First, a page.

Knowing when he left was part of her job. As program director, Amber opened Camelot Community Center at seven in the morning and locked up at five. Sometimes, like today, she had to wait around for him after everyone else had gone home. She would sit behind the counter of the tall, curved reception desk and imagine herself pushing aside the plastic curtain to ask when he might be finished cleaning up. It’s twenty after. I need to head home.
She never actually did it, though. She’d never been brave enough to initiate the conversation, and there was nothing so pressing on her agenda that she couldn’t wait for him.
Except, right now, the siren seemed kind of pressing. Herding all the inhabitants of the center down to the basement in the event of an emergency was another one of Amber’s responsibilities, which meant she should probably get off her tush and round the man up.
But then she’d be alone with him in the basement.
The notion simultaneously thrilled and frightened her. On the one hand, it felt a little bit like Providence tapping her on the shoulder. Is this what you wanted? Here you go! Carpe diem!
On the other hand, she was female and alone. She didn’t go in dark basements with strange men, and especially not with large strange men who’d been described to her as “trouble.” Because what if? What if seven hundred different horrible things?
Smart girls didn’t ignore the what–ifs.
They didn’t ignore tornado sirens, either.
She might have sat there forever, immobilized by indecision, if the phone hadn’t rung at the exact same moment his shape materialized as a red–and–blue blob behind the plastic sheeting.
“Camelot Community Center, this is Amber, can I help you?”
“Why are you still by the phone? Don’t you hear the siren?”
Her mother. Perfect.
“Yeah, I hear it.”
He shoved the curtain aside and walked across the lobby, past the desk toward the front doors. Surely he wasn’t—
“—have to go to the basement,” her mother continued. “It’s not safe near all that glass. Really, you should be—”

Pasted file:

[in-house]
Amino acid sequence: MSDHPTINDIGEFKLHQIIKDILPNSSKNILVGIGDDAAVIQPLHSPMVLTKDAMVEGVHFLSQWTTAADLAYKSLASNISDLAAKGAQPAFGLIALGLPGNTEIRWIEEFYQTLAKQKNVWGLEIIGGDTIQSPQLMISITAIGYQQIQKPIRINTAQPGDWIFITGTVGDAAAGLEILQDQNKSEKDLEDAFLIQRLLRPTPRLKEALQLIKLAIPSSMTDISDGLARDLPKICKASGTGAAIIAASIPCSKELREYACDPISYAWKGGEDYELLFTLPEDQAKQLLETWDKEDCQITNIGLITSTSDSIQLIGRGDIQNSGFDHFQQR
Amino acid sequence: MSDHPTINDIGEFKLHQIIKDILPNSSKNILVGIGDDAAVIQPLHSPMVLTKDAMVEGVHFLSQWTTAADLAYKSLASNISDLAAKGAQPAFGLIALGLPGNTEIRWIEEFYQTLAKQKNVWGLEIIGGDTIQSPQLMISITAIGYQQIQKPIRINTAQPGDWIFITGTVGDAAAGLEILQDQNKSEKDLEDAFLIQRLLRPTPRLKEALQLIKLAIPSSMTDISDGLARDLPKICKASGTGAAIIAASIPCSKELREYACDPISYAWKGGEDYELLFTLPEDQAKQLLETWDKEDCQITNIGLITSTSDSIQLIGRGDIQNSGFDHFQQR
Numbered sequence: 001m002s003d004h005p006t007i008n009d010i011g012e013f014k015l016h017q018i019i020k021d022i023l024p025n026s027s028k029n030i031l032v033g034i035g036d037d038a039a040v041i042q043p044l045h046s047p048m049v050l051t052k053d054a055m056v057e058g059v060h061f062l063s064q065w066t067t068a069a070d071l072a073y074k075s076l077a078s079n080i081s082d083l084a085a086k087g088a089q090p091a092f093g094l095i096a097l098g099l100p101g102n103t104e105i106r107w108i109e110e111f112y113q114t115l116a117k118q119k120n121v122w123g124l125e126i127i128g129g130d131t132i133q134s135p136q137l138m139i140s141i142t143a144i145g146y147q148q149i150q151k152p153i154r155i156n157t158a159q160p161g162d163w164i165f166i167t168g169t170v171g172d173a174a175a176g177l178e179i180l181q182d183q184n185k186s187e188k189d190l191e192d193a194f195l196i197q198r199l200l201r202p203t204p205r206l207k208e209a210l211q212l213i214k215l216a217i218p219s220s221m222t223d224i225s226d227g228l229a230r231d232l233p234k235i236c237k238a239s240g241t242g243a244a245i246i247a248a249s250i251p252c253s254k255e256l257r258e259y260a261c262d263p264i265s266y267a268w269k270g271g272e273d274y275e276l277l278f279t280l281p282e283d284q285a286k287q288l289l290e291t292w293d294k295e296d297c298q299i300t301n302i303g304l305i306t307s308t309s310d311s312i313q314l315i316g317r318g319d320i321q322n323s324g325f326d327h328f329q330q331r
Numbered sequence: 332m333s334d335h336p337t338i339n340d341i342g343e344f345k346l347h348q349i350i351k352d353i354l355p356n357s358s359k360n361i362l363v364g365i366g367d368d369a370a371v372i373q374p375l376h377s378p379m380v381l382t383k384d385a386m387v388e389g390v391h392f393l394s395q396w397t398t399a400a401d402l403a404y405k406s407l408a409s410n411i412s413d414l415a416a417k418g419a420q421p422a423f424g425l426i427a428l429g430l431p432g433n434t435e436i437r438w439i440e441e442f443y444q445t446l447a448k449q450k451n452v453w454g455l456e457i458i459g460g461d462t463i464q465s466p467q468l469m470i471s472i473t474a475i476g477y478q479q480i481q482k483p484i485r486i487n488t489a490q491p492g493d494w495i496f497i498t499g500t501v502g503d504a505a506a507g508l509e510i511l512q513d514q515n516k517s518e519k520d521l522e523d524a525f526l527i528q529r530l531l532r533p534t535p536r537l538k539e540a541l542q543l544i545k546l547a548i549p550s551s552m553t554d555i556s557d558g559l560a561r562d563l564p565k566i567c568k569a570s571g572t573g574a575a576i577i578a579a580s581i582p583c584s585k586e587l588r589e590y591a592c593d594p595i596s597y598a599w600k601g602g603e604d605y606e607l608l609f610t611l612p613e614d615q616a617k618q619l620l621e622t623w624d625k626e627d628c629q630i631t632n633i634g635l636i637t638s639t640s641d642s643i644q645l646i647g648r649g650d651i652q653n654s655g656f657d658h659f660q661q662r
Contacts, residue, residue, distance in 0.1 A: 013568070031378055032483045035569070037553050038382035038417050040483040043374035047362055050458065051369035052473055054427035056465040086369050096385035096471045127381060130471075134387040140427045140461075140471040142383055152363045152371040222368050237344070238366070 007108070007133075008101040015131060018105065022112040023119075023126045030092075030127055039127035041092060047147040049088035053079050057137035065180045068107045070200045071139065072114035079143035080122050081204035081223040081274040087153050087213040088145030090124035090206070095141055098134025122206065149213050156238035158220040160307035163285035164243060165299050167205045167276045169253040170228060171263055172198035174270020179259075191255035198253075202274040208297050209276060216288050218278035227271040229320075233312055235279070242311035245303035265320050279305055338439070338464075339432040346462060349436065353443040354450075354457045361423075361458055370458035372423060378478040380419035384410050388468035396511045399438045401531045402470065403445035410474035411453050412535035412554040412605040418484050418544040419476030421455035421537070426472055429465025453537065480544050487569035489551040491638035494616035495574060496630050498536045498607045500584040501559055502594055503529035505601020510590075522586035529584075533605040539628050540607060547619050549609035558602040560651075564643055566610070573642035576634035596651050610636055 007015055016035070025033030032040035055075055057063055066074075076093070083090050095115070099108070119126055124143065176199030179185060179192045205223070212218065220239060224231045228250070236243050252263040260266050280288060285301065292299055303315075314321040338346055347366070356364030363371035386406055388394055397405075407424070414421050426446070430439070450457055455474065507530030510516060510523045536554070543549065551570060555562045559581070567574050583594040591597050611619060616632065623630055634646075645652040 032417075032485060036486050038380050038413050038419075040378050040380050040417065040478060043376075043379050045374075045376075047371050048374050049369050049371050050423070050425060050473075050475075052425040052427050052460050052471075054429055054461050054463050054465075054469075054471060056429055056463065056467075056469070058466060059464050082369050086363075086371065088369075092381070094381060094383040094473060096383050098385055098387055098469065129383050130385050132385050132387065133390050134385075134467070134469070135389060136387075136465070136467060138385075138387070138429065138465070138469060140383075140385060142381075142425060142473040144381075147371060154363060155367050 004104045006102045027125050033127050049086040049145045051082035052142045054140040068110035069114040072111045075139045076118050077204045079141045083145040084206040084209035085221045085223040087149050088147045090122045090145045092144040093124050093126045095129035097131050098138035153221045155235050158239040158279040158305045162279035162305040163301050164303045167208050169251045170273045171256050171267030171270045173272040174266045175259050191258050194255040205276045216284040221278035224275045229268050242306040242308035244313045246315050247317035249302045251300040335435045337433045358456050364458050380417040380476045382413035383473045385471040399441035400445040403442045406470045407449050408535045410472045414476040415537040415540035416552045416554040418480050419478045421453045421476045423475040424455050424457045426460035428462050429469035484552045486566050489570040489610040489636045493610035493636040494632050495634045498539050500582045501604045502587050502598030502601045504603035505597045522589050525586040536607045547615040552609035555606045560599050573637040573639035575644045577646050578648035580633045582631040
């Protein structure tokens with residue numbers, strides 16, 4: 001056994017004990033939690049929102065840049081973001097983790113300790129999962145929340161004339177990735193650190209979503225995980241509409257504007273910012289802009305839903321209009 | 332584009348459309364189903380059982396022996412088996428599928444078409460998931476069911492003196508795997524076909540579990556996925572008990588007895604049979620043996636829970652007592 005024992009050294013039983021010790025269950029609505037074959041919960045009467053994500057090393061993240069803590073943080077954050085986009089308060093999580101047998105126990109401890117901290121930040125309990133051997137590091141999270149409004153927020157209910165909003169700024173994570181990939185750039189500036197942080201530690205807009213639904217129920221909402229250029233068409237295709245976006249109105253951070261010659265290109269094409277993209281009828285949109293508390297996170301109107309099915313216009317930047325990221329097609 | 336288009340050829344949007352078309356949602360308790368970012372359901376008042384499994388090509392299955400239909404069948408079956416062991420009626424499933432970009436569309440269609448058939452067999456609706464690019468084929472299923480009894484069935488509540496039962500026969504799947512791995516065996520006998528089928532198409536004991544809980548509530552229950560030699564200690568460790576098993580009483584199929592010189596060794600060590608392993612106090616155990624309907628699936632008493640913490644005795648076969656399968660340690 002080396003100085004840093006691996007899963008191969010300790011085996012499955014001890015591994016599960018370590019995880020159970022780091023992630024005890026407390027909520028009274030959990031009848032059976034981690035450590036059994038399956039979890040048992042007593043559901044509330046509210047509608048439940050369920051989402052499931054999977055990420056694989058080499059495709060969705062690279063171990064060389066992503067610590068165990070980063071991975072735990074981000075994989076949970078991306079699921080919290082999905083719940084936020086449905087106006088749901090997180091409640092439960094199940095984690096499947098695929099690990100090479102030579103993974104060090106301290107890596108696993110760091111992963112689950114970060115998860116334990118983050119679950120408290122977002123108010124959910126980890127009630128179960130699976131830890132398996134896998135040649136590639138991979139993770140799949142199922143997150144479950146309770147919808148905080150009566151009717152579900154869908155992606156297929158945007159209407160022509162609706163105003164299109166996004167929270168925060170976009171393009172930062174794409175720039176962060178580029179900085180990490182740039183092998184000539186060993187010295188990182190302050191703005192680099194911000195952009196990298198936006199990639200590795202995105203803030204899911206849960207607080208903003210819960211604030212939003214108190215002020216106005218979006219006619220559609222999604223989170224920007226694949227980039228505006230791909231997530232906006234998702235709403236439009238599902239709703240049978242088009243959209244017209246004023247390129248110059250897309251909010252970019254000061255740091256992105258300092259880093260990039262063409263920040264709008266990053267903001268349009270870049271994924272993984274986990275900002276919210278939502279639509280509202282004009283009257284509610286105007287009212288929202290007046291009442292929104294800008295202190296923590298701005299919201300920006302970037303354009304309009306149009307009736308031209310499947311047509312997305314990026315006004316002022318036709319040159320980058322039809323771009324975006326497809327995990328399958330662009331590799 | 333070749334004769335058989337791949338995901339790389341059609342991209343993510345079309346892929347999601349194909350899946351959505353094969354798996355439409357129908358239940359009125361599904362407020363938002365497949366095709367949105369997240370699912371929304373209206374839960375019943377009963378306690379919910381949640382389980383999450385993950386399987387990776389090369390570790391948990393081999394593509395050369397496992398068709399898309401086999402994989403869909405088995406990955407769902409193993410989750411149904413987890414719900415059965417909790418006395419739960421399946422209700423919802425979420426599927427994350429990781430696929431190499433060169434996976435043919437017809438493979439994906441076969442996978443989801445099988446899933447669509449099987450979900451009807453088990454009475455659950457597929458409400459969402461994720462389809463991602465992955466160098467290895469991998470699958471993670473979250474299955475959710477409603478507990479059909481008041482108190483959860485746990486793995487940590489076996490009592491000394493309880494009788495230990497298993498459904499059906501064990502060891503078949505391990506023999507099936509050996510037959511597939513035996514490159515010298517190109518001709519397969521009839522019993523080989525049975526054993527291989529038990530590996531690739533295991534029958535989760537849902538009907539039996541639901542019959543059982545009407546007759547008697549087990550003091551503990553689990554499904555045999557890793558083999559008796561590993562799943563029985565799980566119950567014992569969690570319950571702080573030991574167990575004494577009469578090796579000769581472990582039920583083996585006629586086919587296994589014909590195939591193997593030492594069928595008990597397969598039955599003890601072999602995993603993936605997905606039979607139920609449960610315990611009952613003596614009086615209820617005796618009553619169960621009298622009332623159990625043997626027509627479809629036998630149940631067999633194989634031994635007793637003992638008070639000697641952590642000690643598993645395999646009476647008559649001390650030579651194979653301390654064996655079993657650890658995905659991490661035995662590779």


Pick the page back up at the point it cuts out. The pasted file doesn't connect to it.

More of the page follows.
He was. The man pushed open one of the entry doors, and Amber shot out of her chair.
“Hey!” She dropped the phone and scooted quickly around the desk. “You can’t go out there. The siren.”
When he frowned, he looked even more intimidating than usual. “I’m only checking it out.”
He had the door propped open with his right arm and leg. Not leaving.
“Right. Sorry.” All the blood in her body attempted to relocate to her cheeks. “I’m, uh, supposed to take you down to the basement. Hold up a second, and I’ll get off the phone.”
She crossed back to the desk in a rush and leaned way over to retrieve the phone from the far side. “Mom, I have to go. Be safe. I’ll call you when it’s over.”
“Who were you talking to?”
“The guy from the construction company.”
She didn’t know if he was technically the foreman or the owner or what. He seemed to boss a lot of people around, particularly another man who looked like a shorter, angrier, tattooed version of him, but he also did plenty of work.
She’d mentally designated him the foreman on the basis of the fact that he seemed to come and go as he pleased. He did half days sometimes and skipped other days altogether, which made her think he was off running the show at another site.
“You mean that man who keeps you late? You can’t go down to the basement with him.”
“Of course I can. I have to.”
“He’s a stranger.”
“Yes, but there’s a tornado.”
The storm noise died down as the door eased shut behind him.
His boots squeaked over the polished linoleum of the entryway, and then metal clicked on plastic as something hit the desk beside her.
She looked sideways. His belt buckle. Holy Toledo.
“I know there’s a tornado,” her mother was saying. “That’s why I called. But you can’t go running down into the basement with a man. It’s unsafe.”
“I think this is one of those situations where you have to pick your poison, Mom.”
“Ask him his name, at least, so if something happens I can report him to the authorities.”
“His name is Patrick Mazzara.” Her face got even hotter. Why not just wear a sign that read, I Know Your Name Because I Have a Huge, Inappropriate Crush on You? “I have to go.”
He shifted beside her. The buckle scraped over Formica.
“Mazzara? Is he the one who—”
Amber hung up the phone and closed her eyes. Inhale, exhale, inhale, gosh darn it, she hoped he hadn’t heard that.